Then, they can tell others, Smith said. And so on.
“That’s generally how info spreads within the Latino community, by word of mouth. So-and-so told me this and so-and-so told me about that agency, they regularly share their relationships and their experiences about programs, what’s user friendly,” she said. “If it’s backed up by a website, links and even digital information, that’s even better.”
Health district officials followed that suggestion and vaccinated some Latino essential volunteers as well as elderly residents and those with chronic conditions. Smith believes “the frontline people who’ve actually gone through the experience are the best advocates” and hopes word of their positive experiences will spread.
Howard appreciates “the power of influencers” in the community, such as churches, and says the health district is reaching out to faith-based leaders interested in passing along information to their congregations. Anyone interested in participating can contact firstname.lastname@example.org or 540/899-4797.
Likewise, residents who aren’t associated with a particular church but would like to find someone nearby to help, either with information or resources, can contact the local call center for information, Howard said.
The Virginia Department of Health on Wednesday unveiled its statewide call center—at 877/829-4682—and it’s designed to help seniors or others who lack internet access register for the vaccine. Open from 8 a.m. to 8 p.m. daily and with 750 operators, the center was designed to help callers walk through the process of getting registered over the phone so that local health officials could focus on more issues in their own communities, such as finding ways to reach more people in underserved or minority communities.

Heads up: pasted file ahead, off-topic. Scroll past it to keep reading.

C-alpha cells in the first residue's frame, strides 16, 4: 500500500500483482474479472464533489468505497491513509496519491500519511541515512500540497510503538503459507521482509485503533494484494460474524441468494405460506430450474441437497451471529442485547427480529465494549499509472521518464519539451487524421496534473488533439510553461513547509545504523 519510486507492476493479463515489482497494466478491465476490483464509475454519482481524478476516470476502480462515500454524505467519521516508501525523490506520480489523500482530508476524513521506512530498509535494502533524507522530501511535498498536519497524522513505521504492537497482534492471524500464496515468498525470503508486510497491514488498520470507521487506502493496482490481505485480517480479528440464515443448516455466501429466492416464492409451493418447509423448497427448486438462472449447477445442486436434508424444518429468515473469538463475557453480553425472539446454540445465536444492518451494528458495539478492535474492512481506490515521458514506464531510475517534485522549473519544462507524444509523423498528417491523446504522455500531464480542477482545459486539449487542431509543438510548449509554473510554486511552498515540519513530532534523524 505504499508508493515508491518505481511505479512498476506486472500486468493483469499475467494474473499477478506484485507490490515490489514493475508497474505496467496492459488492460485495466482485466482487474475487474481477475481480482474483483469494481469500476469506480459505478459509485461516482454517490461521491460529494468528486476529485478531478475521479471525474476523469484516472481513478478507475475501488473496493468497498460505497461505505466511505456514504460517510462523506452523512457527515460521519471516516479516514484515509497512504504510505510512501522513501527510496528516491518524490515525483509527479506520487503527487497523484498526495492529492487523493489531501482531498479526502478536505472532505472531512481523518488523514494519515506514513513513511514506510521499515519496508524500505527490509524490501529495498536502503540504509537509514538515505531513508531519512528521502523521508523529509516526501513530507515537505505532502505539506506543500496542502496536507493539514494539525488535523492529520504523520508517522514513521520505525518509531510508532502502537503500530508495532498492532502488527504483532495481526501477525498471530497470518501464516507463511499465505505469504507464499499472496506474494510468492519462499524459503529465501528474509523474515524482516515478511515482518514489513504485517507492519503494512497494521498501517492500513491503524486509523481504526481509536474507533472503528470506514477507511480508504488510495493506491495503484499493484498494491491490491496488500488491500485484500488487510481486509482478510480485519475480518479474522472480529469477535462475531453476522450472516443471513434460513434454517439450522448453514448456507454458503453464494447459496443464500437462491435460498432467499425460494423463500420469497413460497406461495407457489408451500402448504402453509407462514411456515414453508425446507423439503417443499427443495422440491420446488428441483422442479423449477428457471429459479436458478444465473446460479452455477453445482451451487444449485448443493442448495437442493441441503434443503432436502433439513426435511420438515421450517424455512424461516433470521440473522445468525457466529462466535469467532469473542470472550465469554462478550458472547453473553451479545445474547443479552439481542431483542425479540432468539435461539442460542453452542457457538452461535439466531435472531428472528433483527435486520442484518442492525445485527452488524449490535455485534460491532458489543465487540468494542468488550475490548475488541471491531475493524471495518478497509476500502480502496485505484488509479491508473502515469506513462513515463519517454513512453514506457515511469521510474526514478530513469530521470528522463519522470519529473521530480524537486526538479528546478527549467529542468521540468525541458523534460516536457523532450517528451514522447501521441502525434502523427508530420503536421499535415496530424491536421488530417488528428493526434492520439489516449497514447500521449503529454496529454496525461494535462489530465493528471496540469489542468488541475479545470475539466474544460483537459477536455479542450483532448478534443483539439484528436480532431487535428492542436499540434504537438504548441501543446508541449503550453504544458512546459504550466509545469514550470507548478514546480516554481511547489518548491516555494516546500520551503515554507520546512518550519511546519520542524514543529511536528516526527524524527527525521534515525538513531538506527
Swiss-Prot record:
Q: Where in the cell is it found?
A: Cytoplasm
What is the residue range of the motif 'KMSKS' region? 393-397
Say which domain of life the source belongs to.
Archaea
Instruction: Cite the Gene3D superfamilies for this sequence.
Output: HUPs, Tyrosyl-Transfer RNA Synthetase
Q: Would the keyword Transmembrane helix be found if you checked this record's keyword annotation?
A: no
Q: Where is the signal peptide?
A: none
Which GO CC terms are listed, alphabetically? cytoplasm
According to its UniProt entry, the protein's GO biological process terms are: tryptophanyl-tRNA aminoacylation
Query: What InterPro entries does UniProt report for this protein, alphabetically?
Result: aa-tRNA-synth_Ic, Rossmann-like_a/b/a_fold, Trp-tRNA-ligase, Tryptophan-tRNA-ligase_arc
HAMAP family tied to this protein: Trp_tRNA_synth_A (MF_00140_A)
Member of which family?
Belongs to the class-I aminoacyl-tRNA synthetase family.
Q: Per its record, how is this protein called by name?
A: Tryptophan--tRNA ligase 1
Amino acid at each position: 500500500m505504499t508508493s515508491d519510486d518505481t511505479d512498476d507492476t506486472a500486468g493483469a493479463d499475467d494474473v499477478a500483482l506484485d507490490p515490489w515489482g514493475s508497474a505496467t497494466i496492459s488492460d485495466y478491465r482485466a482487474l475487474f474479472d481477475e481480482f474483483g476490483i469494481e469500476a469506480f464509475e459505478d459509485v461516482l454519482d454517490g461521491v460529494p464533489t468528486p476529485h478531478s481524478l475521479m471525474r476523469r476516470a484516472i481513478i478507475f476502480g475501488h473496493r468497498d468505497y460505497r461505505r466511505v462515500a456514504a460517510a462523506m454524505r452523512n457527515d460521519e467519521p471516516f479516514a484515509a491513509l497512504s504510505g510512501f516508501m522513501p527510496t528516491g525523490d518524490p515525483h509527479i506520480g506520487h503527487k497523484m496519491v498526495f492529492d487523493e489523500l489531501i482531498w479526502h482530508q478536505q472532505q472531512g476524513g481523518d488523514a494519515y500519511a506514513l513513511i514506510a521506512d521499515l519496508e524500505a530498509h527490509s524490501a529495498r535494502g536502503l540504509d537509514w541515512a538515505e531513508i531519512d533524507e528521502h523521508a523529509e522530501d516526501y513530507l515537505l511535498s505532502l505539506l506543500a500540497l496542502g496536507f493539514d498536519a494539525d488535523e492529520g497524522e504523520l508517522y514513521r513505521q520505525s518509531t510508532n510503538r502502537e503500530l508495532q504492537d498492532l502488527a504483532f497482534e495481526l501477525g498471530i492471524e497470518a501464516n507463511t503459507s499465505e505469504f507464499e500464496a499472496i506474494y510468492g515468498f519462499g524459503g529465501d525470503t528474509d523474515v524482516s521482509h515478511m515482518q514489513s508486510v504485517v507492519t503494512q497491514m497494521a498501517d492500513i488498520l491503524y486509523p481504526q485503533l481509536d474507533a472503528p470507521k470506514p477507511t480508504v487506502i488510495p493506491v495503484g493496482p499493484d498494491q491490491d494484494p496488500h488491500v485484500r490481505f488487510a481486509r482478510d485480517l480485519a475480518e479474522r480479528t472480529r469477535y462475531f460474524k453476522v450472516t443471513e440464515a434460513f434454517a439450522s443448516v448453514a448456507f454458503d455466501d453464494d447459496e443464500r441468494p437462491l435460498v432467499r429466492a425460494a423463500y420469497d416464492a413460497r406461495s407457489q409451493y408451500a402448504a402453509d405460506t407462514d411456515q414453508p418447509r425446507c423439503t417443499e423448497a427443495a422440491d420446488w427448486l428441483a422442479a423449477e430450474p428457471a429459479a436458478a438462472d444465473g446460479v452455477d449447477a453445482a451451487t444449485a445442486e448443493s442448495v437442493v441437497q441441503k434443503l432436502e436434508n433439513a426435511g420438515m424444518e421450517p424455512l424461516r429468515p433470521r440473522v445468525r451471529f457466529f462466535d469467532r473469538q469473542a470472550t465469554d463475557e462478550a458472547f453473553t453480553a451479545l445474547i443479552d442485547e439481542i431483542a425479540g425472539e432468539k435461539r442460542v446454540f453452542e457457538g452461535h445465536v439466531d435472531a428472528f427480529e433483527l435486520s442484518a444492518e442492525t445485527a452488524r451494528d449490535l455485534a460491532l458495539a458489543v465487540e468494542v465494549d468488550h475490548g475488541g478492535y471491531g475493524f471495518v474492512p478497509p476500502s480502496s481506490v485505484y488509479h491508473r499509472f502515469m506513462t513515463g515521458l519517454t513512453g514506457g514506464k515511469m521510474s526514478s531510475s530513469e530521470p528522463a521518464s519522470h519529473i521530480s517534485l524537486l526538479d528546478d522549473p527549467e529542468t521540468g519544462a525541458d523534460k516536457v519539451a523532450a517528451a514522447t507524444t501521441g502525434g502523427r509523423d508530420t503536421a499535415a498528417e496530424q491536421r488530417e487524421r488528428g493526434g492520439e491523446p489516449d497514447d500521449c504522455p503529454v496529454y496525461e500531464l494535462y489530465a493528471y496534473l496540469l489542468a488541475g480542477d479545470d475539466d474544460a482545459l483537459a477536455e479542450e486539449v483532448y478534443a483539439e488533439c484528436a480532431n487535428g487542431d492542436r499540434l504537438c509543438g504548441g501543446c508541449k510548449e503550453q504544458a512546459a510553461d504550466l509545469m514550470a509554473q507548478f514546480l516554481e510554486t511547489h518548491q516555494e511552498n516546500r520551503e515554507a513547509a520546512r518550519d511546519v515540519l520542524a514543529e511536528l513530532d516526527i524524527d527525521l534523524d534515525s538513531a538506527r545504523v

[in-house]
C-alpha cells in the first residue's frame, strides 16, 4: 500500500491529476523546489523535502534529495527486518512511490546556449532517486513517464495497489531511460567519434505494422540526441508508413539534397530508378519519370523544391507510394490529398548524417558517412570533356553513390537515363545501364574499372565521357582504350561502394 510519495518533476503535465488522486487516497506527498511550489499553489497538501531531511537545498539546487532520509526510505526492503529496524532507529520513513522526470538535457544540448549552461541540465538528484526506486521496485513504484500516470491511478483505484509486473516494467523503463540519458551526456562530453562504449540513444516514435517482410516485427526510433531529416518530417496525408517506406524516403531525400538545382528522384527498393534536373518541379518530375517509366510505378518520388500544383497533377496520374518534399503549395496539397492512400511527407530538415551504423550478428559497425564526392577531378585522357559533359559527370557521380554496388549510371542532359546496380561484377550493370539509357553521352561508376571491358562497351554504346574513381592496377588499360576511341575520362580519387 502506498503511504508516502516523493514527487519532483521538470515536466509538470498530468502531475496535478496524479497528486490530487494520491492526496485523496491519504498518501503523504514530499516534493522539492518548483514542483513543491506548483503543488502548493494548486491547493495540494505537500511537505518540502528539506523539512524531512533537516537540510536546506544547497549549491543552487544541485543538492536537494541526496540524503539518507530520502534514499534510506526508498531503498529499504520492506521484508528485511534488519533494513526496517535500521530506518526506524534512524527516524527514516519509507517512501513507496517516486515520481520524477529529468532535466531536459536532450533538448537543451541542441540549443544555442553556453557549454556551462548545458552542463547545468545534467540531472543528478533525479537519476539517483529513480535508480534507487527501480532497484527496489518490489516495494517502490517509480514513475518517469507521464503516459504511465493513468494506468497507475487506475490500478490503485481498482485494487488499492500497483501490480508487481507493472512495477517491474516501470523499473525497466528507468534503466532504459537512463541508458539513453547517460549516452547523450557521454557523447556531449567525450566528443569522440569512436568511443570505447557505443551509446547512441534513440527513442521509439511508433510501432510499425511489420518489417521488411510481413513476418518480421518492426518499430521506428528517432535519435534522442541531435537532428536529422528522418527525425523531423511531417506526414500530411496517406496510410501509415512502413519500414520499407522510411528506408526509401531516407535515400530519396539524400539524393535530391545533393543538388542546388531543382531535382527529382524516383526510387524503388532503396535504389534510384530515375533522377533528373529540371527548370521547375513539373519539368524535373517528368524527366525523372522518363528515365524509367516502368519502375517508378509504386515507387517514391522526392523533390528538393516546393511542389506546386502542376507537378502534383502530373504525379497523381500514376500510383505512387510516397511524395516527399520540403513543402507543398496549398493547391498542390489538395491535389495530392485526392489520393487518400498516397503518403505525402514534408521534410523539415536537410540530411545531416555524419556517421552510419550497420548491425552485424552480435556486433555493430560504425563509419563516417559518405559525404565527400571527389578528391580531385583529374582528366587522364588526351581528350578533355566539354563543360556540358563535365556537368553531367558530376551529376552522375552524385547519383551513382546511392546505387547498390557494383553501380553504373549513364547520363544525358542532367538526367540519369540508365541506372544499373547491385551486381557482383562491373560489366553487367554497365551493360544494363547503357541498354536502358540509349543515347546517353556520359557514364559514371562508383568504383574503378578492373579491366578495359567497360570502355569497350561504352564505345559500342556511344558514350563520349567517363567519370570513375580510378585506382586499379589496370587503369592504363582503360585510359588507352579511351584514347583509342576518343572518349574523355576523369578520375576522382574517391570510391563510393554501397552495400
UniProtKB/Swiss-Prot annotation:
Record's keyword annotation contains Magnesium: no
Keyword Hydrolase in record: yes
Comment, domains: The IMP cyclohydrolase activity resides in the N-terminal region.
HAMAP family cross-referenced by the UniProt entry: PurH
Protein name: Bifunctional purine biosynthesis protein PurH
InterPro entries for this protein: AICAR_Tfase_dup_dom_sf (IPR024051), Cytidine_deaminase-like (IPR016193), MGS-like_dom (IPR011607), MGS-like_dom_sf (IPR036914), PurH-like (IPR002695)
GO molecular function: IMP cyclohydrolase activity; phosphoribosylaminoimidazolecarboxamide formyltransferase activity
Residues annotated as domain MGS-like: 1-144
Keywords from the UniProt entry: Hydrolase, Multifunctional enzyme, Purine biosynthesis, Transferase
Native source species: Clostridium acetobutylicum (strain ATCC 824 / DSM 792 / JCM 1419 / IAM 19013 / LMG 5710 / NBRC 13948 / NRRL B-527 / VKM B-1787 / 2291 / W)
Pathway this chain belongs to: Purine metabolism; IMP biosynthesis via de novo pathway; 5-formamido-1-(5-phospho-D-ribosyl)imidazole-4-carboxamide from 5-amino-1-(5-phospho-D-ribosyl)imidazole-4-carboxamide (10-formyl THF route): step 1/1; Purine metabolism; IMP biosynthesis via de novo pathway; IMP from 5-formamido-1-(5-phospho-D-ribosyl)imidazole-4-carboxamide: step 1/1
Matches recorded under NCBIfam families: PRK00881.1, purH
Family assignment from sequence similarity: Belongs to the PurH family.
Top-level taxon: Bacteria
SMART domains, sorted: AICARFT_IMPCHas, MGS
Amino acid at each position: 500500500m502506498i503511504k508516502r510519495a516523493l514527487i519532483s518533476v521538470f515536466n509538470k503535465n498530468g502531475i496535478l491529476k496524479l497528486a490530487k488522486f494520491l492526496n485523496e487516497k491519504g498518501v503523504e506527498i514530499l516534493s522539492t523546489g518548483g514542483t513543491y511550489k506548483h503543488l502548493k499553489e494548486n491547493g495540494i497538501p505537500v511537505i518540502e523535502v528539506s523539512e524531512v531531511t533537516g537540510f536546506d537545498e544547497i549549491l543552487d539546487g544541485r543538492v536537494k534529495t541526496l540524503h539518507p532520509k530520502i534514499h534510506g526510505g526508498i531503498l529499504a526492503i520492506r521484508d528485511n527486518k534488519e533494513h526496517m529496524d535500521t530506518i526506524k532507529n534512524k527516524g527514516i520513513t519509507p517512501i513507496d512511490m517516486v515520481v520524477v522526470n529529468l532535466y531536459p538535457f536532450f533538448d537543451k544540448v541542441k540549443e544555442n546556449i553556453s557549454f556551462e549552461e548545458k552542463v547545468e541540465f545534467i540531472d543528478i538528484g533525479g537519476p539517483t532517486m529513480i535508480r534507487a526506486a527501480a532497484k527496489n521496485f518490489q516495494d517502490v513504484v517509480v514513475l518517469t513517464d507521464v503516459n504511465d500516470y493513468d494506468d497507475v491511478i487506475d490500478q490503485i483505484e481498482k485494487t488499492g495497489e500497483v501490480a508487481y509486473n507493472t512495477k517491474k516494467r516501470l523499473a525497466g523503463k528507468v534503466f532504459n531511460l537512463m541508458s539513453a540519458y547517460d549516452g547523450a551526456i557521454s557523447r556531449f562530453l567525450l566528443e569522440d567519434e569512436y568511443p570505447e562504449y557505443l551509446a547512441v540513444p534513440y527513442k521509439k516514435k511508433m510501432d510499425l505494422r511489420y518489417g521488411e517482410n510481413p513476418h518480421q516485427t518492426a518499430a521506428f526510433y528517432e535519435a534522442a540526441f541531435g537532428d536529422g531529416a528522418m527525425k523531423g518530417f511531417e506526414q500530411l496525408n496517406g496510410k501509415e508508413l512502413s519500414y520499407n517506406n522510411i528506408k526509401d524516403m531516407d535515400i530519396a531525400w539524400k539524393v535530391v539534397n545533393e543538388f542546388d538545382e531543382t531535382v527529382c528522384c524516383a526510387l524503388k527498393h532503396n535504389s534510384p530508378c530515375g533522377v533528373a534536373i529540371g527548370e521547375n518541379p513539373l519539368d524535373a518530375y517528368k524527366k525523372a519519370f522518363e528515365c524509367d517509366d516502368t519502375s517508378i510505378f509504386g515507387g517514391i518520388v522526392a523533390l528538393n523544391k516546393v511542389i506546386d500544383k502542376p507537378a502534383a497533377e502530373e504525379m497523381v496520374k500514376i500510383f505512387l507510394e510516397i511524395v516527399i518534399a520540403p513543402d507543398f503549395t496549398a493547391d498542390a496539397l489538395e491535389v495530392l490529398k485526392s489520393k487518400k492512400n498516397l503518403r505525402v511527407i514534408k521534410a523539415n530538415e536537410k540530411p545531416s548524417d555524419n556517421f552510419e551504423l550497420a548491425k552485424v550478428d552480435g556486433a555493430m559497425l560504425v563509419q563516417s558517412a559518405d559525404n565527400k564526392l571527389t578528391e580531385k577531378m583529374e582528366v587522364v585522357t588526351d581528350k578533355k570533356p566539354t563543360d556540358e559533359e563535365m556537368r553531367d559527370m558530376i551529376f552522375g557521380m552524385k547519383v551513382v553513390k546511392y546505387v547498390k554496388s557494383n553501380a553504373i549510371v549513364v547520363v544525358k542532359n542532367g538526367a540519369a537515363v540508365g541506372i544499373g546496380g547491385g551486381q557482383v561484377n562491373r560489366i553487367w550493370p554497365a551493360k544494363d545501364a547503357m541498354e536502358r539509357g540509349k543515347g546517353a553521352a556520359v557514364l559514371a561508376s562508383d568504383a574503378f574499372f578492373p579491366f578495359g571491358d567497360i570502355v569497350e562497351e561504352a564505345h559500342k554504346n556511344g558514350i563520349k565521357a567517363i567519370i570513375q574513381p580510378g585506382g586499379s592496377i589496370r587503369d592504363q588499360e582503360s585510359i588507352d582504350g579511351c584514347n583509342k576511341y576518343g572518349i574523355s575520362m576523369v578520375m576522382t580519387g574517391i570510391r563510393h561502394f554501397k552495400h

At Fredericksburg UMC, Trish Vaughan helped start the Vaccine Buddies in addition to her work with the food pantry, which provides items for 400 families a month. She’s not sure if the buddies will still be needed with the new call center in place, but said the group’s 14 volunteers are still eager to serve.
Sometimes that simply means providing a friendly voice on the other line.
“I know I’ve heard about the frustrations, the long waits on hold; we’ve heard about that everywhere,” Vaughan said, explaining how the group got started. “We’re happy to be an empathetic ear for anyone who contacts us as many of us are waiting also and also worried about our seniors.”
Healthy Generations Agency on Aging has filled that role, long before the pandemic hit, and Howard said she is constantly amazed by the group’s sensitivity as well as its ability to provide, “not just what people can use but what people need,” she said.
She recalled a Christmas project with the agency after a local supermarket donated a significant amount of toilet paper, paper towels and hand sanitizer. Health district officials took the haul to Healthy Generations, “and they took them to seniors for Christmas. They really are willing to look outside the box to meet people at their needs.”
And those needs vary by degrees. Vaughan heard from some seniors who mistakenly thought health officials would call them—or even come to their door—to provide information about the vaccine. She’s pointed out that is not the case.
Others, like Jean Himmel who’s 79 and participates in church and Sunday school through Zoom, had no problem registering online for the vaccine. But she later realized the system wouldn’t accept two names with the same email address, so she didn’t know how to sign up her husband, Dan, who’s 92 and on dialysis.
Church buddy Damien Weiss not only set up a new email account, but also took care of getting Dan Himmel registered. He also offered help with any other technical issues.
“He was really helpful,” Jean Himmel said.
Cathy Dyson: 540/374-5425